The French will need a health pass if they want to go to restaurants and other public places.
France’s Constitutional Council today approved new legislation to deal with the coronavirus pandemic, with some reservations, Reuters and TASS reported.
The council ruled that the new law, which requires people to visit restaurants, bars and certain other places to present health passes and obliges healthcare workers to be vaccinated against COVID-19, substantially conforms to the constitution.
However, he called the dismissal of workers for refusing vaccination, as well as the need for mandatory quarantine with checks on people who test positive for the virus, as unconstitutional.
“The Council considers that the measures envisaged may restrict individual liberty, but they are justified in the context of the protection of health provided for in the Constitution,” the ruling said.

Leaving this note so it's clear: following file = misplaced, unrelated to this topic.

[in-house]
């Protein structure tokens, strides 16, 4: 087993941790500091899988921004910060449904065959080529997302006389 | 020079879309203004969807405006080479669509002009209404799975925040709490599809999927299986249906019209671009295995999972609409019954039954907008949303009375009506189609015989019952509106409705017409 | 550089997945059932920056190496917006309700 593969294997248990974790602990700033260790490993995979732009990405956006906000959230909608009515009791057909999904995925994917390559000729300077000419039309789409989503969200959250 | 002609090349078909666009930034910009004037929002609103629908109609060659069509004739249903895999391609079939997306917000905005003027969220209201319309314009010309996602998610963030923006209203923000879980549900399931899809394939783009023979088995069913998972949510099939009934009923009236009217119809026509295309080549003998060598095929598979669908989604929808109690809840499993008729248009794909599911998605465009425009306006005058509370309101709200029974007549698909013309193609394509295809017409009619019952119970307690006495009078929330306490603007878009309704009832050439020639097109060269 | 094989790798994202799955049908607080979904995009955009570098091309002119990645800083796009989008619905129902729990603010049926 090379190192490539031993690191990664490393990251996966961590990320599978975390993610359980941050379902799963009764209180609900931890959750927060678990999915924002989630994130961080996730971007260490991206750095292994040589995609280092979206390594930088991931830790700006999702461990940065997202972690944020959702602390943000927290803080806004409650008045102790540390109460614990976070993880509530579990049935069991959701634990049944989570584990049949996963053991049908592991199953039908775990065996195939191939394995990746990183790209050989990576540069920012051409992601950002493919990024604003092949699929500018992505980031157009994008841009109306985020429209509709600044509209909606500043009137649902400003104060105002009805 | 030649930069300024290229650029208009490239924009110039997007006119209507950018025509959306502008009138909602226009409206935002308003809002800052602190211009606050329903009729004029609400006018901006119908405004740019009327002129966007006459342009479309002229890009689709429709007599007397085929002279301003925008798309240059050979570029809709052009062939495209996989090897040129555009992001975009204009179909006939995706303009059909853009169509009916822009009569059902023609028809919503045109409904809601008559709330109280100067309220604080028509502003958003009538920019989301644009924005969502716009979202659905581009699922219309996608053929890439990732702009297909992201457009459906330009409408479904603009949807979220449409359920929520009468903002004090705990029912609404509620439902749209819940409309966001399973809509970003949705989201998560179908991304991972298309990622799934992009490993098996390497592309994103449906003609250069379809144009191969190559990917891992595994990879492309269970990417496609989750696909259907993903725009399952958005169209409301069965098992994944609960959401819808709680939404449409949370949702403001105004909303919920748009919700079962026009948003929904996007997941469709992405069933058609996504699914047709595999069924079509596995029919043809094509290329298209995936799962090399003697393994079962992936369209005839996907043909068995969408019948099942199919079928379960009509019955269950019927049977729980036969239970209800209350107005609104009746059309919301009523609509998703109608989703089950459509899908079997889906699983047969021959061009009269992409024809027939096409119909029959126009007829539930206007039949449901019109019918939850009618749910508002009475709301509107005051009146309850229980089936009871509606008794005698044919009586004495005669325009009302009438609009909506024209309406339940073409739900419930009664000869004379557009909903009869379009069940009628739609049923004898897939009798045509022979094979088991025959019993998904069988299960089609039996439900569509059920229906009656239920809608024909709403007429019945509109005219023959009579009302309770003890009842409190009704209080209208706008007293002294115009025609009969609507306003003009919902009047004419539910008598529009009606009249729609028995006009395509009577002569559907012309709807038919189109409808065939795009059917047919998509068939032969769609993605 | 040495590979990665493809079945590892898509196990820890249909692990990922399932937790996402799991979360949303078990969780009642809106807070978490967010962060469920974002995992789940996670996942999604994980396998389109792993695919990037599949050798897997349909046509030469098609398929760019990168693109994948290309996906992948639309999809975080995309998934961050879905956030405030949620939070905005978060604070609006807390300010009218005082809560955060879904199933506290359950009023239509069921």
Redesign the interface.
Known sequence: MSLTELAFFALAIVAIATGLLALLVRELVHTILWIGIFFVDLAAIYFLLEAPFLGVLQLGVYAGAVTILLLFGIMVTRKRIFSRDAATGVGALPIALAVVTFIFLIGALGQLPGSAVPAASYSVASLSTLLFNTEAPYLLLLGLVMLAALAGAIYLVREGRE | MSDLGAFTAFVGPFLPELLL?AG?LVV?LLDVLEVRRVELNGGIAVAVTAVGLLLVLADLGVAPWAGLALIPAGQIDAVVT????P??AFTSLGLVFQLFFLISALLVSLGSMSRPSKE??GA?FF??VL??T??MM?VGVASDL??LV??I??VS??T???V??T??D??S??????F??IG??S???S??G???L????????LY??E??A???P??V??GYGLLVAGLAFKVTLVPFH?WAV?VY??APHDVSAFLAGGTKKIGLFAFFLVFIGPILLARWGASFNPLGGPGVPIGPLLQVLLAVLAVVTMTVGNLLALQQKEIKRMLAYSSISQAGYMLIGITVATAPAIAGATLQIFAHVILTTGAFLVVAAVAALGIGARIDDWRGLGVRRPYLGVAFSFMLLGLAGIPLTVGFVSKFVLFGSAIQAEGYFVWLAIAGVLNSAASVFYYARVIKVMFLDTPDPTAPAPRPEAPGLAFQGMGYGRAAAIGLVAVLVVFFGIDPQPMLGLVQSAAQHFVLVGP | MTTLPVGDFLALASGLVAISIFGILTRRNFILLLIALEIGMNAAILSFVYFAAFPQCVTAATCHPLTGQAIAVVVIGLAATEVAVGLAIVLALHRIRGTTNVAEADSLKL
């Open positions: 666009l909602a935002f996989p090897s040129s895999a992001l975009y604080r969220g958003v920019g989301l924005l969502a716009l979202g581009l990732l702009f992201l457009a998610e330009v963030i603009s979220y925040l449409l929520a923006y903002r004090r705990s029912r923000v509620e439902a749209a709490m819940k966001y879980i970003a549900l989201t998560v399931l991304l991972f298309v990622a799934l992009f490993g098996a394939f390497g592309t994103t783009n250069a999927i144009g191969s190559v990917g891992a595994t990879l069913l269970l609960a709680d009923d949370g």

According to him, “the extension of the health pass is approved, except in situations where it may serve to prevent access to medical care.”
“This document will be effective from Monday in a new form,” the council said. The health pass certifies that the holder has been vaccinated, has contracted the virus or has tested negative.
In July, the law was proposed by the government and passed by parliament. However, some lawmakers called for the Constitutional Council to assess the measures in the context of fundamental rights and freedoms.
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